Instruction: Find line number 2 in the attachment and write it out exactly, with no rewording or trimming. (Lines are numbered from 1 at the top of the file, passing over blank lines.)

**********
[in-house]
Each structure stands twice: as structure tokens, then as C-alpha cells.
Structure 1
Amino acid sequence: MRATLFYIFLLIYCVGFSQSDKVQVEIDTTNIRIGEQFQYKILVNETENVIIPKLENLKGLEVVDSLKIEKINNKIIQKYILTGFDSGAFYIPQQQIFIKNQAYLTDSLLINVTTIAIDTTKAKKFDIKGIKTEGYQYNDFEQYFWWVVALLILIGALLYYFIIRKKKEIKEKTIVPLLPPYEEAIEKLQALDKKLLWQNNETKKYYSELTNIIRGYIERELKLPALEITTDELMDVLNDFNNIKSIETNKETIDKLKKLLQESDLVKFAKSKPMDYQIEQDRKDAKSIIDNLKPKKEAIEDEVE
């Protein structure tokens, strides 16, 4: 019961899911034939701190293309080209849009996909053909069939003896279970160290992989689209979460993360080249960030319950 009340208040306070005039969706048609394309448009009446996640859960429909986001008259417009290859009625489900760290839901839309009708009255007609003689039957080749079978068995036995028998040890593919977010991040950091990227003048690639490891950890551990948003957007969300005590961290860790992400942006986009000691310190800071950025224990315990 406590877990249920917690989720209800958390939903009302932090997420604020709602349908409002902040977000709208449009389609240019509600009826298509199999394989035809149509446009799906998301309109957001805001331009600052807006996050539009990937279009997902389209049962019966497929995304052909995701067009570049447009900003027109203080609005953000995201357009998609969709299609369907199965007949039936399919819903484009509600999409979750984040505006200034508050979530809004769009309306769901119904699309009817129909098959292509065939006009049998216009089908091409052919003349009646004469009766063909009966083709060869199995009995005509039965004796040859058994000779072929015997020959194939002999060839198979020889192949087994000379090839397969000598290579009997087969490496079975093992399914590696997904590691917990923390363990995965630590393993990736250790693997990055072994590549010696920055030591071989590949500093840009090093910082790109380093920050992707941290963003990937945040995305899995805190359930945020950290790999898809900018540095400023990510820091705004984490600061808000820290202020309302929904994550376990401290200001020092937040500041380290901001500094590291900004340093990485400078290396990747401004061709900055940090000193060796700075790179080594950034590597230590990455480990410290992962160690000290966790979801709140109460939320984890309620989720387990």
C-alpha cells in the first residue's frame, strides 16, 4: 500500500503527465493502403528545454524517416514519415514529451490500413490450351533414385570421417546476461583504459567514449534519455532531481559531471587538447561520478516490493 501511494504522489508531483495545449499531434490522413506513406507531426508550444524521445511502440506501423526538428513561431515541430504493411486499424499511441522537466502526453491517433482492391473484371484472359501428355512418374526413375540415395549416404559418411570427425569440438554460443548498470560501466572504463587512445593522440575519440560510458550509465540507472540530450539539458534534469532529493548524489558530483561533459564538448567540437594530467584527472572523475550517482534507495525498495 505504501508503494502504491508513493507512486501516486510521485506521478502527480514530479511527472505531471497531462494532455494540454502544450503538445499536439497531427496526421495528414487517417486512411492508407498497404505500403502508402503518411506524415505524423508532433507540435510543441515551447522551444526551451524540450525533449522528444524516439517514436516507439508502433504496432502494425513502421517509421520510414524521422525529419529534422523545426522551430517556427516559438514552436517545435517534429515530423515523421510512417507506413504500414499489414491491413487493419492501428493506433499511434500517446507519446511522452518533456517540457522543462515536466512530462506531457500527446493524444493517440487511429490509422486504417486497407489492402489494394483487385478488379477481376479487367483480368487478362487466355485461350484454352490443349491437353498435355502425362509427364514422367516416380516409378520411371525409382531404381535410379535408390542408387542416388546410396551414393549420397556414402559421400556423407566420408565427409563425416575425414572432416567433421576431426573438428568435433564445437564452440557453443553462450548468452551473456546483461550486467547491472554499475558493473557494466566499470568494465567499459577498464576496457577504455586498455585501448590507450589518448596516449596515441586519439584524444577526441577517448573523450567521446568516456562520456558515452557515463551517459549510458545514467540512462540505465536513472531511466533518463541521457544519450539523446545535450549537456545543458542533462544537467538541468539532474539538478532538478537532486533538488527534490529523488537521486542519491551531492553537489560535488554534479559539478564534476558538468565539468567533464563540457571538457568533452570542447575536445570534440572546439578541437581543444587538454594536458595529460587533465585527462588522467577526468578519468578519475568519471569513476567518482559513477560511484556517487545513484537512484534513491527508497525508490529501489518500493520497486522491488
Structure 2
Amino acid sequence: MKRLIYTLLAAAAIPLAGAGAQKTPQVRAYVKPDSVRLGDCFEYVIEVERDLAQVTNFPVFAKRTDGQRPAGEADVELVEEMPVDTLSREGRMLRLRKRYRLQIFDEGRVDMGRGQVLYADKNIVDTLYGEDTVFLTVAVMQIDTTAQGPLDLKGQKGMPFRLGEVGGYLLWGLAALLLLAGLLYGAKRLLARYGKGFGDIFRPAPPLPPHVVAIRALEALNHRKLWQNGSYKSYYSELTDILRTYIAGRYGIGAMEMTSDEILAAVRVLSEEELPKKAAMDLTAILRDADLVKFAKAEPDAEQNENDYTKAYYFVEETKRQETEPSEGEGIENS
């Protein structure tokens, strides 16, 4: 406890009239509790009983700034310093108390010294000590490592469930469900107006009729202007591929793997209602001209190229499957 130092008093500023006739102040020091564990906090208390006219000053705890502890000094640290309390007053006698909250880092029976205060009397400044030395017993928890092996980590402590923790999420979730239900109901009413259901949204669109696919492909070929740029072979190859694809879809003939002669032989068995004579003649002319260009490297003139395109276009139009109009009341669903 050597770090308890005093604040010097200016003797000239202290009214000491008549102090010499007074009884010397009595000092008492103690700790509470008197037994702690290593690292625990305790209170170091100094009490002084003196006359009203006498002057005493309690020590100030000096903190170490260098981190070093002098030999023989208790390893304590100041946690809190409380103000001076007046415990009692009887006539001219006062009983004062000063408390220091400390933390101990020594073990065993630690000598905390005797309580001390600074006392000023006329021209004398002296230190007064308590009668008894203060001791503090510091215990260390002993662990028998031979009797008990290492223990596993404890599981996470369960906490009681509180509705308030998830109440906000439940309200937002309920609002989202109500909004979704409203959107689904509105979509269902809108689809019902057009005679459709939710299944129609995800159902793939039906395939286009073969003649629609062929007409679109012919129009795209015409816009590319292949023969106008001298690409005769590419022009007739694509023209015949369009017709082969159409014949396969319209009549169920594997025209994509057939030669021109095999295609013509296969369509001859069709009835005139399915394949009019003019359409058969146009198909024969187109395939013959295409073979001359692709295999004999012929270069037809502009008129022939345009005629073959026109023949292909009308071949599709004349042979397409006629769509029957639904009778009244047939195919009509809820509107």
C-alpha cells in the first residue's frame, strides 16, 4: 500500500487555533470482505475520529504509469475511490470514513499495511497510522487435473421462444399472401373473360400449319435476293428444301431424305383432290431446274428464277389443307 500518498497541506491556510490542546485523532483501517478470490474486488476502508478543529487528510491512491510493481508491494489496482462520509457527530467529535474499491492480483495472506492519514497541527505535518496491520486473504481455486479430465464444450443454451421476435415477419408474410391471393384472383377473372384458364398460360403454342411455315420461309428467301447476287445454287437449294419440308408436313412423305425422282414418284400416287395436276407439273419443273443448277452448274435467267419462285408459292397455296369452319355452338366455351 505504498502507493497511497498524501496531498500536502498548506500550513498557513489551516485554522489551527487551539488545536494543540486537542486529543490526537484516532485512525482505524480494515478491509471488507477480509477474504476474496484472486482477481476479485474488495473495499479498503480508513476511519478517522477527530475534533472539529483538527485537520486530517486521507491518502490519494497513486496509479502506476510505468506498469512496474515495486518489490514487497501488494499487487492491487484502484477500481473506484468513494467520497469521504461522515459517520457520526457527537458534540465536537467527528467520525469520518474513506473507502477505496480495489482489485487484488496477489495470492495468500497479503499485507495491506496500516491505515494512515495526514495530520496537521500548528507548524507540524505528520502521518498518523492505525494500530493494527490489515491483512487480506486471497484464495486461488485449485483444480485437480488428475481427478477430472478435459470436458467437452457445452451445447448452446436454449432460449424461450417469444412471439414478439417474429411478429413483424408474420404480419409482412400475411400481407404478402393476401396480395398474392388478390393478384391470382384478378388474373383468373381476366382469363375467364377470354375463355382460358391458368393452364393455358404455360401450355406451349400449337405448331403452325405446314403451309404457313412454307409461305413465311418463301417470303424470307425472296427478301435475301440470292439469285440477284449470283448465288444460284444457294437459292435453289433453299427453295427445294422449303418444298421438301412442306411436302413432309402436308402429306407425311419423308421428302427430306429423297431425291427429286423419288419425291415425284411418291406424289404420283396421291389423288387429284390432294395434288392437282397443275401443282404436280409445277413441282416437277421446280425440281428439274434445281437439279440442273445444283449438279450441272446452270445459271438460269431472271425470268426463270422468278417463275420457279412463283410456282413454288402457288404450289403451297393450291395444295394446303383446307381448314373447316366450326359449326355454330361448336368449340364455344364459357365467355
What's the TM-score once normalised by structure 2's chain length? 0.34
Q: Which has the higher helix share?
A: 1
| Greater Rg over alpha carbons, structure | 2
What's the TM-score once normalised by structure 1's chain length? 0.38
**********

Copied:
Each structure stands twice: as structure tokens, then as C-alpha cells.